Over the past few seasons, a new kind of fruit damage has been observed in some cherry orchards. As fruit begin to reach full size and approach harvest, small (around 1 mm diameter) circular or slightly oval-shaped scars or “dimples” become apparent on the fruit surface. The marks are “dry” and superficial – only the fruit epidermis is affected and there is no penetration or wounding of the underlying fruit flesh. In some cases, the marks or dimples are more numerous near the blossom end than the stem end of affected fruits. When magnified (with a high-powered hand lens or dissecting micro-scope) the marks appear as a thin layer of dead epidermal cells, usually with a small hole near the center, with a small, smooth and very shallow cavity or depression underneath.
The leading theory is that this damage is caused by punctures from the ovipositor of western flower thrips (WFT) during early stages of fruit development. This theory is based on the type and size of damage, prevalence of thrips during the period of early fruit development, and based on experience from other crops like grapes and nectarines that can also be 'stung' by WFT. Damage to cherries is similar to what is observed in these other crops, except that there is more variation in dimpling. This, however, can be explained by the timing of the puncture: stings prior to rapid fruit expansion are more likely to have pronounced dimples than fruit that has already expanded before being attacked.
WFT over-winter primarily as adults and, as weather warms in early spring, they move to alfalfa or grain fields, weeds, and other ground vegetation to reproduce. As weedy hosts start to dry up, WFT migrate to alternate hosts, including cherries, and are particularly attracted to flowers. Depending on the weather, thrips migrations can coincide with cherry bloom or early stages of fruit development. The theory is that female thrips — that are initially attracted to cherry flowers — probe small fruit with their ovipositors to determine if they are a suitable location to lay an egg. It is possible that the abundance of late winter rainfall we have experienced in recent years — and the above-normal growth of winter annual vegetation it has promoted — may explain recent observations that this type of damage is becoming more prevalent.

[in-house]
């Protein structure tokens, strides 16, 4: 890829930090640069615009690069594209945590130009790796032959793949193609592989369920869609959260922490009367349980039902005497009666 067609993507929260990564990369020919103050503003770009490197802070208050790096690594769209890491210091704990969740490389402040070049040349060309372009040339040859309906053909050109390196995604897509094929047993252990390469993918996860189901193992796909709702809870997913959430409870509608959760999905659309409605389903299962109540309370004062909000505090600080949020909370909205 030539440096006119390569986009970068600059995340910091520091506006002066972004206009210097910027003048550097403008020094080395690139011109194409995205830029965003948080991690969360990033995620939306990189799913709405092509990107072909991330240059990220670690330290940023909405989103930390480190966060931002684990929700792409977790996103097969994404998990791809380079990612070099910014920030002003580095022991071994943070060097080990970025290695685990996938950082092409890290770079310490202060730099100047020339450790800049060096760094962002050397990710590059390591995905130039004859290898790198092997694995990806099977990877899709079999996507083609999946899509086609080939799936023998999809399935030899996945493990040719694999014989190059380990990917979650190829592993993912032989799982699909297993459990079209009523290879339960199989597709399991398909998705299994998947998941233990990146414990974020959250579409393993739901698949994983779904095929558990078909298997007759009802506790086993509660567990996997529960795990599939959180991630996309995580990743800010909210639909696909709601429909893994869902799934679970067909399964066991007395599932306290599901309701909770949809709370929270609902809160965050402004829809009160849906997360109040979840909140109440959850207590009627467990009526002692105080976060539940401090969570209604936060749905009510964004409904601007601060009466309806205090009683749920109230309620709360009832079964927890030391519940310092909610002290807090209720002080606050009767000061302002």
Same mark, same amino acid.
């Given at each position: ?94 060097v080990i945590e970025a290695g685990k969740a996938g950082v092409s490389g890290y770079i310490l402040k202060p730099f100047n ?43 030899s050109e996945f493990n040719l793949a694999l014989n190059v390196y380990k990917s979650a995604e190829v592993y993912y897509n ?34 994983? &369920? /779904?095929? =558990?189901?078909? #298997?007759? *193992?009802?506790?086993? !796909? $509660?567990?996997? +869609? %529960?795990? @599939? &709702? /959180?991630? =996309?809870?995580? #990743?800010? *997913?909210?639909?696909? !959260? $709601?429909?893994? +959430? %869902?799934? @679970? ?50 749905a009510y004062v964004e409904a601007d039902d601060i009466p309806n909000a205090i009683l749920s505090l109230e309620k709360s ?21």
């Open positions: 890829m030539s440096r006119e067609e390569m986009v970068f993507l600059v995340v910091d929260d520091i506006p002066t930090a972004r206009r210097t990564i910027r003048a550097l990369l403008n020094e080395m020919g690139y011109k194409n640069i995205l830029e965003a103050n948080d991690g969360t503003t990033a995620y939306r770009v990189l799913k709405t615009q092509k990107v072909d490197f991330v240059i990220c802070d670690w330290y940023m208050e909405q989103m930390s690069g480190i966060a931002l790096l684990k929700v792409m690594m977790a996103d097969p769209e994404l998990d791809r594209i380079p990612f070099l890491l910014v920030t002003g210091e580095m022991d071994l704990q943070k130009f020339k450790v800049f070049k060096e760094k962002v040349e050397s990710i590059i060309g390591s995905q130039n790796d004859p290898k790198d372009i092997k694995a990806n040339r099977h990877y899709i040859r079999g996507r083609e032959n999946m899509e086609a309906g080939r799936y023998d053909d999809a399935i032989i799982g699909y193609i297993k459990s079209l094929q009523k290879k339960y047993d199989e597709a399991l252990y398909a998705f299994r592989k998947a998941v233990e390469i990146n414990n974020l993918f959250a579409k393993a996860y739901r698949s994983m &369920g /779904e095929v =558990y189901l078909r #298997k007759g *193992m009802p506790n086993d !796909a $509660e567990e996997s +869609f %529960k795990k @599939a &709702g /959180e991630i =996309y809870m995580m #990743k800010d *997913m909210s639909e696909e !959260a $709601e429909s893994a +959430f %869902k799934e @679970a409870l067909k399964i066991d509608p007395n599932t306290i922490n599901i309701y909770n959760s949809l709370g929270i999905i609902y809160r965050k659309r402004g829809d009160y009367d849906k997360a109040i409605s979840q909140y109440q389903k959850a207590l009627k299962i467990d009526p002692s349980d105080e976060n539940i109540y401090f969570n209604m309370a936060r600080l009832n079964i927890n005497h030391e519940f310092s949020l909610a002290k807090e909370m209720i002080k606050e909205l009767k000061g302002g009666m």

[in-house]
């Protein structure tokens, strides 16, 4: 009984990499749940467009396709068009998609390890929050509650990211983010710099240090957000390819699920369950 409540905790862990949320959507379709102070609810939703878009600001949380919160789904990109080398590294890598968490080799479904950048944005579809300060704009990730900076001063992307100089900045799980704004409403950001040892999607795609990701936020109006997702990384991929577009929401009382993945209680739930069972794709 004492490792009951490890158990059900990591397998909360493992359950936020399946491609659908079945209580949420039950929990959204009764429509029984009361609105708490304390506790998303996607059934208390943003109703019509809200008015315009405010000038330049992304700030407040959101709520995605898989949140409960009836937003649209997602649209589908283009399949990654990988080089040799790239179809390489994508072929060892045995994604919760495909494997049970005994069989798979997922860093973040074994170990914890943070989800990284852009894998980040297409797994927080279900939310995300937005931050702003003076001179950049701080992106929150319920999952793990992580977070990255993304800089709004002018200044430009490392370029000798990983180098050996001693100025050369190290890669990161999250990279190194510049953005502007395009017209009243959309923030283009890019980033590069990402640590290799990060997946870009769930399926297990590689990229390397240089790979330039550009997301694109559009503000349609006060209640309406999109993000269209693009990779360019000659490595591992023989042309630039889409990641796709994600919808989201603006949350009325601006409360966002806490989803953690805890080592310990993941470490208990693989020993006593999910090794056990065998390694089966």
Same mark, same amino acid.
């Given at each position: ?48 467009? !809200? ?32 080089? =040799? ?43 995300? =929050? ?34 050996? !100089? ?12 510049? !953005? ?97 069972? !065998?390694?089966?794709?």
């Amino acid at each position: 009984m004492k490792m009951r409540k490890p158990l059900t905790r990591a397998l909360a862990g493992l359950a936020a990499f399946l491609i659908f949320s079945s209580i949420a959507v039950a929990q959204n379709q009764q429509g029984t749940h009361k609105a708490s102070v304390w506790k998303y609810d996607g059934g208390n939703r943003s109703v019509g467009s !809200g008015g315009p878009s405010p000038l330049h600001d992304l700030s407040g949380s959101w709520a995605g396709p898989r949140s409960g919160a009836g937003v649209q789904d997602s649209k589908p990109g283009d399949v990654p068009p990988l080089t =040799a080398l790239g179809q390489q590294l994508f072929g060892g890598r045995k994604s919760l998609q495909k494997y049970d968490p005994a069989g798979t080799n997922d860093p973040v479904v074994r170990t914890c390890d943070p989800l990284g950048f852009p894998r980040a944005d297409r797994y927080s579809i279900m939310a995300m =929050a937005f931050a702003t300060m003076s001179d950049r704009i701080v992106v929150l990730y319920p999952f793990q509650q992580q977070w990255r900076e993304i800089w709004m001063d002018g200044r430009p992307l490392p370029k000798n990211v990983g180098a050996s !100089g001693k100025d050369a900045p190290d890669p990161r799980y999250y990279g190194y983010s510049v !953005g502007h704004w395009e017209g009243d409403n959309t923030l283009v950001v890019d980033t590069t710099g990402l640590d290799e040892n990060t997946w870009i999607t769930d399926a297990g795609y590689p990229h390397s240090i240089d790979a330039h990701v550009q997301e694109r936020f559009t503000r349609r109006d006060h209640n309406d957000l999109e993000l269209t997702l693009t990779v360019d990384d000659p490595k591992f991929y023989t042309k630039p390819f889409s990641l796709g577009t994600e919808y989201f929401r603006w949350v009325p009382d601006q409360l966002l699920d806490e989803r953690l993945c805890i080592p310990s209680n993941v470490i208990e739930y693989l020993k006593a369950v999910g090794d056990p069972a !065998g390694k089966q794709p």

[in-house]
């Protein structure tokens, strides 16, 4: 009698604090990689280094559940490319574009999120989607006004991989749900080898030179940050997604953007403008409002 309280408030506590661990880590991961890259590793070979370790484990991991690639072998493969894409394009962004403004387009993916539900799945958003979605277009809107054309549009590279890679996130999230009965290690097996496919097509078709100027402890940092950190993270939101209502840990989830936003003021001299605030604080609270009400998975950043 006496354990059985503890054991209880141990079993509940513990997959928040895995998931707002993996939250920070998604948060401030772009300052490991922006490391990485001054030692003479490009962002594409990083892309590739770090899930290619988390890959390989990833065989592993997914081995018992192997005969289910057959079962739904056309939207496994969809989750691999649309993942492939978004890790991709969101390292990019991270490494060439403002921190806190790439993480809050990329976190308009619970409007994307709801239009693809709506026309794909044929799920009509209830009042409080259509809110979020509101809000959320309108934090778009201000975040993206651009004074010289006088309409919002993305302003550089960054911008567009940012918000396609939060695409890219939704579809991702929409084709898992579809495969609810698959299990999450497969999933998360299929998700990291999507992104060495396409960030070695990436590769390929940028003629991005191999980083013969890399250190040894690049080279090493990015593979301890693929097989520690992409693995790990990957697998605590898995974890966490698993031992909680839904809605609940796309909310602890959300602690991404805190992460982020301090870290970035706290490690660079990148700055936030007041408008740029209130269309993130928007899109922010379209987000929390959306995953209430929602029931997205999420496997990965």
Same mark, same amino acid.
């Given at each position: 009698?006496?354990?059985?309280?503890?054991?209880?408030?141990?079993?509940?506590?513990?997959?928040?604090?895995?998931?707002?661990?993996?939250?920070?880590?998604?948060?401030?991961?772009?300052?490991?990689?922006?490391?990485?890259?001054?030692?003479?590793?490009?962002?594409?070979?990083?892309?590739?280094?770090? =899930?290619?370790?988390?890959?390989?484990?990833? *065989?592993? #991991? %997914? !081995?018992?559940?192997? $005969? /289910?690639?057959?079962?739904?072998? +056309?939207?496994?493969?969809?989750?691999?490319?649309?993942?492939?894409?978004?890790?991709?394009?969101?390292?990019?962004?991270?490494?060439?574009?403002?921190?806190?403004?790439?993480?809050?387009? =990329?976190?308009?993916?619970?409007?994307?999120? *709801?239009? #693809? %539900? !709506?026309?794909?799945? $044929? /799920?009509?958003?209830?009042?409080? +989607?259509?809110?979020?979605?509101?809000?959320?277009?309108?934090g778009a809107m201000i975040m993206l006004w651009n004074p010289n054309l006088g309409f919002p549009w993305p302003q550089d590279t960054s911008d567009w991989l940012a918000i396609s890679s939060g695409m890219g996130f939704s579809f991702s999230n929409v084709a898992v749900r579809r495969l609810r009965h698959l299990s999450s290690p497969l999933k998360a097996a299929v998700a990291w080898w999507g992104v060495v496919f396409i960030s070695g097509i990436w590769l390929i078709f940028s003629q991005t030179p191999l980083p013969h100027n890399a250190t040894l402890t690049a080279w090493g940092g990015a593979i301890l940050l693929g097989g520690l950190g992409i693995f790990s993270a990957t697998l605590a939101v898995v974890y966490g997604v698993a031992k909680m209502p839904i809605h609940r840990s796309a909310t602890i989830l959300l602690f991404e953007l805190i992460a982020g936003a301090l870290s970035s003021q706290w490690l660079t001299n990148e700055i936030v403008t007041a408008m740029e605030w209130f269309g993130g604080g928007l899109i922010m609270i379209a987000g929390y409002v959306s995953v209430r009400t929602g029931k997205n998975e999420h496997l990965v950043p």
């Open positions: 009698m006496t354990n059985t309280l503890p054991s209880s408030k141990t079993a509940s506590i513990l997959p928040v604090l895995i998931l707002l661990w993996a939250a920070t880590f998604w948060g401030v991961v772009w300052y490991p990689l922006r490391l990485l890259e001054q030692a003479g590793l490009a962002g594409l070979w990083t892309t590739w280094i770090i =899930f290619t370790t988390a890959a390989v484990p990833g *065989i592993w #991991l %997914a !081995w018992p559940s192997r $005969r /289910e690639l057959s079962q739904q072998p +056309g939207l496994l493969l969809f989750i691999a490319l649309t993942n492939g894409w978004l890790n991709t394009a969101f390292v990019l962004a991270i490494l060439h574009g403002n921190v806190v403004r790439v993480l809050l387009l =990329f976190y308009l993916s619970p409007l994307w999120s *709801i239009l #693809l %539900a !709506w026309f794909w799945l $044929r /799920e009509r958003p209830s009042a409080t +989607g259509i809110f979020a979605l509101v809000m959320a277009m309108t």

Bees at risk
Thrips infestations are difficult to predict because their migrations vary so much from year to year based on rainfall and the time that weeds dry up. In addition, little is known about the relative attractiveness and susceptibility of fruit in different stages of development. Some varieties may be more prone to damage than others, but this has not been well studied or documented. The migratory nature of WFT also makes spray timing difficult because a spray applied one day may have little effect on adult thrips arriving in the orchard a few days later. Further complicating treatment decisions is the fact that spays applied during bloom or post-bloom period pose a serious risk to bees present in orchard during this time period. Many insecticides known to be effective against thrips are also toxic to honey bees.
Until these damage symptoms can be shown conclusively to be caused by WFT, and thrips biology control are better understood in cherries, the following measures may help reduce the risk of damage and use of unnecessary insecticide treatments for thrips:
If you think you may have to spray for thrips this season, work with your PCA to develop a treatment plan. Well in advance of bloom and moving bees into the orchard, discuss your plan with your beekeeper and make appropriate plans to protect bees in the event treatment is needed.
Use yellow (usually sold as whitefly traps) or blue thrips “sticky card” traps to monitor WFT activity as bloom approaches and through (at least) the first few weeks of fruit development. For orchards located near fields of other known thrips hosts or open non-cultivated areas, placing some traps at the edge of the orchard may provide an indication of incoming migrations. There are no known treatment thresholds for WFT in cherries, but traps should provide some indication of thrips presence, movement and populations.
The main insecticides used for thrips control in other crops are spinosyns and pyrethroids. These insecticide groups include some of the same products relied upon heavily for control of spotted wing drosophila and other cherry pests. As such, their use for early season thrips control needs to be weighed carefully in the context of resistance management and label restrictions on the number of sprays or amount of product applied per season.
By Joe Grant, Farm Advisor, San Joaquin County; and David Haviland, Entomology Farm Advisor, Kern County